Do not attempt to use Iron Phosphate unless you just want to use the fluoride (Assuming your Iron Phos Product contains Fluoride) for an etch. If you attempt to develop a crystalline structure using Iron Phosphate you will reapply zinc as a powder (akin to talcum powder). Adhesion will be worse than a simple etch. If you are going to do it, do it right.Tom Roberts
- Tucson, Arizona
A. I was able to troubleshoot this exact problem on a 5 Stage Iron Phosphate line.
The HDG parts had an inconsistent coating evident by different reactions to Copper Sulphate along the surface. They were also over 18 feet long, so a manual pre-clean or blast wasn't feasible. Discussions with the company doing the galvanizing didn't help.
The cleaner and phosphate stages had to remain compatible for all regular substrates, so the basic parameters such as pH, concentration, pressure, time etc. could not be permanently changed.
The easiest solution was a set of knockdown risers at the entrance using a 5 %(v/v) Sodium Hydroxide-based cleaner formulation. I believe that this is removing any oxide and/or passivated areas on the surface. The parts then run through the regular multi-metal cleaner (which has to be tightly monitored for free caustic drag-in). Adhesion is uniform and excellent.
We are now experimenting with ramping the regular Potassium Hydroxide-based cleaner with NaOH just before a run, and then buffering it with Phosphoric Acid after. The Phosphoric will produce trisodium phosphate, which is a half-decent multi-metal cleaner itself!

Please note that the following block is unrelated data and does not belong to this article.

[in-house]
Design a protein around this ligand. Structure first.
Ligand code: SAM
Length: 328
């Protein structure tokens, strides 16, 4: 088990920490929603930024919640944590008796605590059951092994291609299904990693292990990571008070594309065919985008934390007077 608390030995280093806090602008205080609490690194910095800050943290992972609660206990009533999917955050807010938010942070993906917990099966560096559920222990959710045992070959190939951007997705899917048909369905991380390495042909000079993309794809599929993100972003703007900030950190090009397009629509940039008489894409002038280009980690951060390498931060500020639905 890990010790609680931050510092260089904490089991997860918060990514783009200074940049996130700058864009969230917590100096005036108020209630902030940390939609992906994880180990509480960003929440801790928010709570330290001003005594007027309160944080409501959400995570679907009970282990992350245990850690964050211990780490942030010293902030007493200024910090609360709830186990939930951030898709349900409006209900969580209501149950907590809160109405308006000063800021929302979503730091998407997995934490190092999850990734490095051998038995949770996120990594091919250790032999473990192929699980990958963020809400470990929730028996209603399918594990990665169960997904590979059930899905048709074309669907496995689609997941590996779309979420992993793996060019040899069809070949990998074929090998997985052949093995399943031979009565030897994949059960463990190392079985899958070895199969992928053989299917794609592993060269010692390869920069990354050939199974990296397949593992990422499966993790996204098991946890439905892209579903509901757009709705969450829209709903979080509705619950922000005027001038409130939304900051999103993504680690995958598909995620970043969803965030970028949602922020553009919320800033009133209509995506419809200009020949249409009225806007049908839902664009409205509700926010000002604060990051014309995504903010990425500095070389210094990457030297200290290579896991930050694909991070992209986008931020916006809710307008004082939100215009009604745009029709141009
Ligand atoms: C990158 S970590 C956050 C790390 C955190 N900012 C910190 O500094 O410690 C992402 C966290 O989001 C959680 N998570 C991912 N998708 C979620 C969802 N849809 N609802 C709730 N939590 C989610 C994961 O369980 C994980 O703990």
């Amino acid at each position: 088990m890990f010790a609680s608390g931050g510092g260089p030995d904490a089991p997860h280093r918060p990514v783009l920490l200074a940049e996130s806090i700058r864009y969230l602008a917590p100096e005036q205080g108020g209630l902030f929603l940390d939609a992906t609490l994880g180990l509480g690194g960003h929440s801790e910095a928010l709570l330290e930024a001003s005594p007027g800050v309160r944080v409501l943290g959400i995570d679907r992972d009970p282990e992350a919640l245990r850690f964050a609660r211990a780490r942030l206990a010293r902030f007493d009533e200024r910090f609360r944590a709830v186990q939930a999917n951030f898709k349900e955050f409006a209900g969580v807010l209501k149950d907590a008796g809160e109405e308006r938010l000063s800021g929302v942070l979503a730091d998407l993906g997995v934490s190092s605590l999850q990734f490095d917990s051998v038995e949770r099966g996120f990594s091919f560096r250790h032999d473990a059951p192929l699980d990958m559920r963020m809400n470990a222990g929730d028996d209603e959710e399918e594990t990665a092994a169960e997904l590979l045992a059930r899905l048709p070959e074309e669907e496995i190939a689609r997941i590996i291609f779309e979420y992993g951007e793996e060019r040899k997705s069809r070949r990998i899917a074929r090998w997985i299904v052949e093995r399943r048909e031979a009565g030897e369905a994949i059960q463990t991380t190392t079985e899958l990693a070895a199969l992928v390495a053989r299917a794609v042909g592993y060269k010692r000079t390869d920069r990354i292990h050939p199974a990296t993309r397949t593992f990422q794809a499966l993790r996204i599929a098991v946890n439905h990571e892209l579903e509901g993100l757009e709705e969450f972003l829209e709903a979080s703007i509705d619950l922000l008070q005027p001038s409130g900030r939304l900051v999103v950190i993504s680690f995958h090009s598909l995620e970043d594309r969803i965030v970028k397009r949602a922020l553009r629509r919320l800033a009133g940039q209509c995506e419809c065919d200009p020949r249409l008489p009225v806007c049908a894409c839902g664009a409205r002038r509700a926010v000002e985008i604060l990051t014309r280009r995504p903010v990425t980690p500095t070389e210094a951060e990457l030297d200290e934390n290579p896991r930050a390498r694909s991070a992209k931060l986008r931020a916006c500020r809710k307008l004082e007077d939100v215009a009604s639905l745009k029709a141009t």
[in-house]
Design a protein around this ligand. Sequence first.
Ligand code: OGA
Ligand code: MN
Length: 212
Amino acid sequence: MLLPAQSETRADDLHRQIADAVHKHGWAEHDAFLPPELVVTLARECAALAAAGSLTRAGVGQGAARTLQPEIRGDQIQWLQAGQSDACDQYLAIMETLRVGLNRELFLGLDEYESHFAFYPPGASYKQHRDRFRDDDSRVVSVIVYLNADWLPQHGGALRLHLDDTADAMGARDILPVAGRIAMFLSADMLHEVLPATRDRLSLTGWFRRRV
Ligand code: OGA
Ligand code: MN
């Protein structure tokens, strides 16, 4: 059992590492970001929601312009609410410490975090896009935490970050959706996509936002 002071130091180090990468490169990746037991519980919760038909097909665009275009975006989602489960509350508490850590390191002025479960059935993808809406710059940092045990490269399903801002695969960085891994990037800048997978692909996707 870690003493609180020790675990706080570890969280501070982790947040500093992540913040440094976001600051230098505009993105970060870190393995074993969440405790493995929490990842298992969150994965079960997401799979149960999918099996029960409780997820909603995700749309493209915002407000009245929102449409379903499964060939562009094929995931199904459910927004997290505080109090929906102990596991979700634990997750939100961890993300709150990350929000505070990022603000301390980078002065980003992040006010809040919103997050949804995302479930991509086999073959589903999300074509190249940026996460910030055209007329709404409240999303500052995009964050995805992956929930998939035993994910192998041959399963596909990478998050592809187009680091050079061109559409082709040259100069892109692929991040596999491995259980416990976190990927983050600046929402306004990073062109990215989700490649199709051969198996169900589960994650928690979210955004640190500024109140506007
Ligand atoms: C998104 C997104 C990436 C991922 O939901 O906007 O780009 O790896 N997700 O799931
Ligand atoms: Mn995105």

Hope this helps.Steve Cox
- Toronto, ON, Canada
August 24, 2009
Q. My name is Debbie. I have two issues at hand. The first issue is that I need to know how to tell if my front entry door to my home is made of regular steel or galvanized steel. My second issue is if it is galvanized steel, how do I paint it so that the paint sticks.
I zip stripped my steel door because it has many layers of paint on it and they were starting to crack and peel. When I got all the paint off I realized that it looked somewhat like our garage door that is galvanized. I am really bummed out about this because we cannot get paint to stick to our garage door. It usually peels off in sheets within a few months. Our front entry door is about 30 years old and is just now beginning to crack and peel. We have consulted professional painters about the garage door and used their suggestions and still we do not get good results. I'm wondering if the front entry door had some kind of factory "Primer" on it and that might be why the paint has held up so well over the years.
I really hope someone can answer these questions. Thank you for any help you can provide.
homeowner - Bowling Green, Ohio
A. Hi, Debbie. If the paint stuck once, it should stick again. Use a primer made for galvanized surfaces on both of your doors. It will work fine on the front door, galvanized or not, and will work as well as possible on the garage door.
Try washing the garage door with vinegar, then rinse and prime it as soon as it dries.
Ted Mooney, P.E. RET
Brick, New Jersey
May 20, 2013
Q. Hello there.
I want to know what is the main standard for testing of adhesion of galvanized surfaces after touching up with Zinc rich epoxy primer?
Thank you for your helping and best wishes.
- Tehran, Iran
^- Privately contact this inquirer -^